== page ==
Vegan, Jane Austen student, Minimalist, Reader, Librarian

Sunday, May 10, 2009

Veganism is a Lifestyle

Music: WRCJ 90.9 FM

Some of my friends have told me that becoming vegan seems like a lot of “work.” I like to think of it more as a choice and a decision I made almost two years ago, to change my life. I cannot tell you enough how I no longer even crave the foods I used to eat without even thinking: a slice of cheese, a glass of milk, a pop, a store-bought cookie with all the hard-to-pronounce preservatives, Hostess chocolate covered mini-donuts, Home Pride Buttertop White bread toasted with real butter.

Now I crave bowls filled with greens, tons of lettuce, spinach or herbs on my sandwiches or in my salads, whole grain breads and pancakes, hot herbal tea or cool water, raw onions, and fruit.

When I decided to go vegan (or “hardcore” as one co-worker humorously put it), I cleaned out all of my cupboards and refrigerator and got rid of tons of food. I gave away sticks of organic butter to co-workers, white sugar, rice and flour to my cousin, anything with high-fructose corn syrup I simply tossed, and then I went shopping. I replaced white flour with whole wheat pastry flour (and also barley, rye, & buckwheat flours), sugar with turbinado sugar, honey with agave nectar, white rice with basmati, jasmine, wild & brown rice (and also adding millet, quinoa, bulgur, barley & soft wheat berries), white bread and saltines with whole wheat and whole grain breads & crackers, boxed cereal with rolled oats, butter and margarine with soy butter & margarine, mayonnaise with Vegenaise, cow’s milk with soy milk, and so on. Yes, my food bill was quite high at first, but it was something I had to do to start to get into my new habits.

Now I don’t even think about it. It has become routine. I shop in smaller quantities weekly alternating my three stores (Nutri Foods, Hollywood, & Trader Joe’s) adding the Royal Oak Farmers’ Market in the summer and fall on Saturdays for all of my produce. And I buy lots of produce: at least 2 bags each weekly of lettuce & spinach or kale, pints of strawberries, blueberries, blackberries, and bagfuls of onions, peaches, apricots, and apples. And I eat it ALL. And I feel so good.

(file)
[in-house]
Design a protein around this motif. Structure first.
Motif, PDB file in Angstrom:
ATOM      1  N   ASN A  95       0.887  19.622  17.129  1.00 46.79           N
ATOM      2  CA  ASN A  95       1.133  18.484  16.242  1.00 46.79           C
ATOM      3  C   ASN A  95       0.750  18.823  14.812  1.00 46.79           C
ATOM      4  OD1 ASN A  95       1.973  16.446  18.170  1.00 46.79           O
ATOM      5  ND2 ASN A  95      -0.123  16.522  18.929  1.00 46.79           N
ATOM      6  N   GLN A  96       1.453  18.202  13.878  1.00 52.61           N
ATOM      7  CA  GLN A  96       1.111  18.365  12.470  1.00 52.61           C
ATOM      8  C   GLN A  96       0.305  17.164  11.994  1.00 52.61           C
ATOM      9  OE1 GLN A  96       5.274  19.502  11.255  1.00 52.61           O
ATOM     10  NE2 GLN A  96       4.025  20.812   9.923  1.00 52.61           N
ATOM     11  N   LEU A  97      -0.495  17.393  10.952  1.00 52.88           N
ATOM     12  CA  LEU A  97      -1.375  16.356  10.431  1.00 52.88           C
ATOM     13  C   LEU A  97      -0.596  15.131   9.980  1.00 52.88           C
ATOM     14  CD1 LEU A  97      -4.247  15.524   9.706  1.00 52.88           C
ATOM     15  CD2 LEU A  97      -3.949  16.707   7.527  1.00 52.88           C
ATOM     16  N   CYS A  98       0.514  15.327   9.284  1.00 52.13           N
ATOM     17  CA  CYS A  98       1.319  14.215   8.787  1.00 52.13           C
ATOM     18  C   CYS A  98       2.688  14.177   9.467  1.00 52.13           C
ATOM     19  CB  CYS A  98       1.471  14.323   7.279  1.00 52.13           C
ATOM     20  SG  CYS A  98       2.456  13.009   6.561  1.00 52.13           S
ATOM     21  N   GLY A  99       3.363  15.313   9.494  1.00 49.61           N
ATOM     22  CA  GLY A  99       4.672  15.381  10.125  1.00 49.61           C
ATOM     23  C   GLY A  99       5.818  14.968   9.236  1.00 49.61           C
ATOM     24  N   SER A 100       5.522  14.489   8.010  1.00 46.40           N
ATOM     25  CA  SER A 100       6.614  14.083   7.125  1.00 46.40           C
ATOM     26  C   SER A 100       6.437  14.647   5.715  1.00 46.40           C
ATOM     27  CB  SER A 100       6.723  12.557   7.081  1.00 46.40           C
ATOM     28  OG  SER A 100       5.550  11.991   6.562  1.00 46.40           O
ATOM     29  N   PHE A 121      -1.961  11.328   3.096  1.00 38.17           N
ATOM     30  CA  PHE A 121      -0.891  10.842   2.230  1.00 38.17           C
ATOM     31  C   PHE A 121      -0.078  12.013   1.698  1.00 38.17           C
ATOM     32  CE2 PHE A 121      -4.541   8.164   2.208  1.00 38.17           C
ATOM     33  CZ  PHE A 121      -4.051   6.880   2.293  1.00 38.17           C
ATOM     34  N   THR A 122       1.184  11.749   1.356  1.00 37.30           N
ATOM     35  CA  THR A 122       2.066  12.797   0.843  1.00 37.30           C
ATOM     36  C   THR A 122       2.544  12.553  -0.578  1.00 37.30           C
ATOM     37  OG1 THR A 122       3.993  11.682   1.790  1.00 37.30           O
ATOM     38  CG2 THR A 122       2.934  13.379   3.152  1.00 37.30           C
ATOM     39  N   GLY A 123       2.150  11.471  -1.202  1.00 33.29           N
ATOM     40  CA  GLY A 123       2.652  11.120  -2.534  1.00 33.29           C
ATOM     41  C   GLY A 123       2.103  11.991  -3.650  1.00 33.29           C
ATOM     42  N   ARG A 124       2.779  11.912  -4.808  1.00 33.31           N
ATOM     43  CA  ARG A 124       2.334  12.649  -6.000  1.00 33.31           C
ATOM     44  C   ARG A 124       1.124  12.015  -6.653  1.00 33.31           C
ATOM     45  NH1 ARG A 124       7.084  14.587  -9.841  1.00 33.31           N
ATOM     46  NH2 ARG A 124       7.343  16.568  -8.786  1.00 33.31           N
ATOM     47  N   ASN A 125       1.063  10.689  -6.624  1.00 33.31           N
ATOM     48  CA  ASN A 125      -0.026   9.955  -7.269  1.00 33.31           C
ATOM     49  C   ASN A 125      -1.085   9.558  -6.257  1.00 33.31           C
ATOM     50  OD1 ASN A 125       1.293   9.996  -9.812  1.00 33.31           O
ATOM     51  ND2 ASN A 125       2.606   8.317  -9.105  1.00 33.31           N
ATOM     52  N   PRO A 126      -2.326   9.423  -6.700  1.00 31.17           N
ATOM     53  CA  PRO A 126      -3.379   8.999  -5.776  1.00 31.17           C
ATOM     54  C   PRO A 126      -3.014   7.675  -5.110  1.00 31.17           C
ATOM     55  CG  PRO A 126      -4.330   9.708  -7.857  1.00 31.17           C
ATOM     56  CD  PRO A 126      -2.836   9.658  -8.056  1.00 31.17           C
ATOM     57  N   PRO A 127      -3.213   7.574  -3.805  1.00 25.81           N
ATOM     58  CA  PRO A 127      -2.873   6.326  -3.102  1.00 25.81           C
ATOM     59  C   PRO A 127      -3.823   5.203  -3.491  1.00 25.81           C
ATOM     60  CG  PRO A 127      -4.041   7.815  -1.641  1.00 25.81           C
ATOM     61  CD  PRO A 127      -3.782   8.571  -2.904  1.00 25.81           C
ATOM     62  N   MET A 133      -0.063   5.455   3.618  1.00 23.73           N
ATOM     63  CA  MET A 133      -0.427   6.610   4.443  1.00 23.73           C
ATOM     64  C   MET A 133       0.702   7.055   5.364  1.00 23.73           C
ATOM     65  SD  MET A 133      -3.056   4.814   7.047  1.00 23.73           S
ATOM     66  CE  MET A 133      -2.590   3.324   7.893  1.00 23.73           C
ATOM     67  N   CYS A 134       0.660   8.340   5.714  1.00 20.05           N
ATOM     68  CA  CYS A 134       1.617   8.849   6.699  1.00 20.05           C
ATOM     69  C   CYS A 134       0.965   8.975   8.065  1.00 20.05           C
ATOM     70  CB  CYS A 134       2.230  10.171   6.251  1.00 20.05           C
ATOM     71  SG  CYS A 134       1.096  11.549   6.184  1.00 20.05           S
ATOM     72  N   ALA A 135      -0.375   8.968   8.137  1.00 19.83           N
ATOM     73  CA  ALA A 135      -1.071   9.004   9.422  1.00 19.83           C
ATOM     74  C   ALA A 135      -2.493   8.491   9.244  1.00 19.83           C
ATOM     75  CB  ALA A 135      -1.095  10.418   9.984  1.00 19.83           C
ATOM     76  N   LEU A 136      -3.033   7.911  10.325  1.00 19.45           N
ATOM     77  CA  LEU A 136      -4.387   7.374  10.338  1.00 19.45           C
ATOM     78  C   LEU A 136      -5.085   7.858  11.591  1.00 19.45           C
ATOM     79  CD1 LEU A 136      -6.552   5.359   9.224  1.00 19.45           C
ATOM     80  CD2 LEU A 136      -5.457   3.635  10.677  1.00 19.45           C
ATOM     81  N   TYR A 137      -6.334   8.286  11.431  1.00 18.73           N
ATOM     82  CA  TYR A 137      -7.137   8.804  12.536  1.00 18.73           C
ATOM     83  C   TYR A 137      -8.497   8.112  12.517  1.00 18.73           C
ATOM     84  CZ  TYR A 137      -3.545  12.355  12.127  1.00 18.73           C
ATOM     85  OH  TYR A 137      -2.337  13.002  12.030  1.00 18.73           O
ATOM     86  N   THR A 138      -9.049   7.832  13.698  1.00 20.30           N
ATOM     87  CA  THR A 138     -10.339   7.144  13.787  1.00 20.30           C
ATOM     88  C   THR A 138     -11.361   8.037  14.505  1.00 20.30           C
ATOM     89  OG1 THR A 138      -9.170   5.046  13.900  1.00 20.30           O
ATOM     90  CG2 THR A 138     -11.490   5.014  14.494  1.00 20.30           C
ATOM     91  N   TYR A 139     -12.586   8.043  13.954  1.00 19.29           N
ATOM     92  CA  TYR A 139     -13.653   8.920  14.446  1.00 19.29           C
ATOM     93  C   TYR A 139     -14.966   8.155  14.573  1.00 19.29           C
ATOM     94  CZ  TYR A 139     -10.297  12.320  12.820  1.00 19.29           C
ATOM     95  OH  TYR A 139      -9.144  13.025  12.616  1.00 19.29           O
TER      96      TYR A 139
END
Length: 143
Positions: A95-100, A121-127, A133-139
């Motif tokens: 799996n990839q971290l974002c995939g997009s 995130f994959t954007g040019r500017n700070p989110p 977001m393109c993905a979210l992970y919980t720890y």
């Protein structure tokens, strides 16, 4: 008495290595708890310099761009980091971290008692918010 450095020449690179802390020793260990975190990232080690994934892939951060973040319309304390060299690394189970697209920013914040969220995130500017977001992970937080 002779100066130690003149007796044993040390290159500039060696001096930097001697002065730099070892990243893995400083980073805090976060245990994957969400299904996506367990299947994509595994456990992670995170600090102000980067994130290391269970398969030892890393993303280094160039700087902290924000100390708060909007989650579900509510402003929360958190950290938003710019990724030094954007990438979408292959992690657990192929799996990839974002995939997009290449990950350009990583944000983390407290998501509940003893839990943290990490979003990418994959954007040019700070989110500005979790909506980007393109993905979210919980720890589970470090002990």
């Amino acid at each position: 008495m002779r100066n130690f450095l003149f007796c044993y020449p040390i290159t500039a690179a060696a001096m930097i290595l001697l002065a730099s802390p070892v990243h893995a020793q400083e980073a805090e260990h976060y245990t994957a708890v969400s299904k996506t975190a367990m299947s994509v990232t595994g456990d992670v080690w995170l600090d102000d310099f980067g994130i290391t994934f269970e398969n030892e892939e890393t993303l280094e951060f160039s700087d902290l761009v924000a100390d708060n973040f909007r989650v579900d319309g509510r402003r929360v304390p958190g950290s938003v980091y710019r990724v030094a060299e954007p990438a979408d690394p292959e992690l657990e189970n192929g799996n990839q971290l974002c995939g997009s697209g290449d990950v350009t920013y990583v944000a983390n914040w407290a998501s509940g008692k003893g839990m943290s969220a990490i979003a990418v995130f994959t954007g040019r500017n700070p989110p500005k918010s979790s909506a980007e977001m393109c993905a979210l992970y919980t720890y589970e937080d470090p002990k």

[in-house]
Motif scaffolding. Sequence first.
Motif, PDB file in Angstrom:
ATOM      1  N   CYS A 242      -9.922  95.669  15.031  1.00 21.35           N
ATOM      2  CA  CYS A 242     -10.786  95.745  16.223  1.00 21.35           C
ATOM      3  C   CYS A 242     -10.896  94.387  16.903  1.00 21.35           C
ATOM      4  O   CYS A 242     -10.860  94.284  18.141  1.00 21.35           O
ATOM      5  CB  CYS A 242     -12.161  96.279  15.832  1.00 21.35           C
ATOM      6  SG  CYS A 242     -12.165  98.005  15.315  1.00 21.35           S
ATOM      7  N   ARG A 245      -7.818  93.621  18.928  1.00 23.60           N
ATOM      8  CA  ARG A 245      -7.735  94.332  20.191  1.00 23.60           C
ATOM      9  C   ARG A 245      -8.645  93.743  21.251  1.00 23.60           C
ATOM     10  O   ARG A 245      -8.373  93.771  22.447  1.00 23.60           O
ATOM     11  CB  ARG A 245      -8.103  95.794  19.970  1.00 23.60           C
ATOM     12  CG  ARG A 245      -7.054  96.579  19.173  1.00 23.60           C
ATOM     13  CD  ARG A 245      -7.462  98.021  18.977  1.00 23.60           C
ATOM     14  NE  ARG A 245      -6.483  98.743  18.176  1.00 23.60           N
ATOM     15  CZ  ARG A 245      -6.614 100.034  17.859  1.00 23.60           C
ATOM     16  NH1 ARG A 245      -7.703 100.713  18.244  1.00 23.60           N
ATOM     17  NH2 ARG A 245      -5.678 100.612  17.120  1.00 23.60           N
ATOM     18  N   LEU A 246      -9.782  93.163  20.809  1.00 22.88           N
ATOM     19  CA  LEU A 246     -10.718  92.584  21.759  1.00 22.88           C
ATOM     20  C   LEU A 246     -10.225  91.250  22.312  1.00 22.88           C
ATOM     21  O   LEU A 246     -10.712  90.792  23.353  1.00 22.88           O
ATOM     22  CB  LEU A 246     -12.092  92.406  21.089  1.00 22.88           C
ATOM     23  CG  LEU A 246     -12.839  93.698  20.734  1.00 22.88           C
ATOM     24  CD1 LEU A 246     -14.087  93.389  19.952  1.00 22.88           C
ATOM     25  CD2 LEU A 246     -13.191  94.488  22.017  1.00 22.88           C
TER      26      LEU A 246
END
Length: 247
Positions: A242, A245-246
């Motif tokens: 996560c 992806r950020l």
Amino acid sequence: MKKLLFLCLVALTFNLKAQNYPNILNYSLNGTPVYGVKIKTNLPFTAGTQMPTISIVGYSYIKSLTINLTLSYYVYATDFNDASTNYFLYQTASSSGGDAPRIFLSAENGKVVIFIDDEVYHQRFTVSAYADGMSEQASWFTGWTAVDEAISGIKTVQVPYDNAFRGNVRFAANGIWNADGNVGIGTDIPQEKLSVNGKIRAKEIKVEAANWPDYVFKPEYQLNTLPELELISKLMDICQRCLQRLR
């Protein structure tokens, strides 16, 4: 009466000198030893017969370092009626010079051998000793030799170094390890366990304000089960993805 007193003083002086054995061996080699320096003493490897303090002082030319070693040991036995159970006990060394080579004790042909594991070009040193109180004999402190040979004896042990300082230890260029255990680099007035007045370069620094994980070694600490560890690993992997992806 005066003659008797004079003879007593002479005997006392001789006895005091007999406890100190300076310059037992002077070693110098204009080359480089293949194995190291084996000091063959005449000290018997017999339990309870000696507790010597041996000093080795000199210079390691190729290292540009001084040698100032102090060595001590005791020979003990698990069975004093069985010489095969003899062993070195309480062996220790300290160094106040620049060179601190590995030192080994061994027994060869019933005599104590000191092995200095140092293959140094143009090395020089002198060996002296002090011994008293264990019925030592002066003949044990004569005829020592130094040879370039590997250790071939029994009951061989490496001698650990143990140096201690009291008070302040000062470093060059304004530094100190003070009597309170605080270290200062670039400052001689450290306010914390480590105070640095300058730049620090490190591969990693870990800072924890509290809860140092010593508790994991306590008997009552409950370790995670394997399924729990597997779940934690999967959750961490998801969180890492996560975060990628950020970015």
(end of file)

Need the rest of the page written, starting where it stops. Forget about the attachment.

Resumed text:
Of course, in the summer, I also have lettuce, peppers, tomatoes, cucumbers, & other vegetables and herbs from my garden so that I don’t have to buy as much from the Farmers’ Market.

Being vegan is a commitment but, like any habit, it can be learned. Yes, I think about food a lot, but it’s the fuel that keeps my body going and I can’t stand to eat poorly. I refuse. I’d feel really crummy if I did and that’s not a good feeling.

I’m going to a conference this Friday at MSU with some co-workers and I’m already planning what I will eat. I see that there are some vegan choices at the union in their “food court” of sorts. And I will bring some snacks of fruit and nuts to have during the day.

(Of course, I see that there is also a place for me to get my afternoon latte. But do they have soy milk? If not, I might just have to get an espresso).

The other night, we had sautéed firm tofu with sesame oil, Braggs, & all-purpose spice along with roasted potatoes, carrots, & onions. Gasp! We had eaten all of our greens (by Thursday!) so this plate is terribly absent of that much-need color. It was delicious, but there was way too much white in this picture for my satisfaction.

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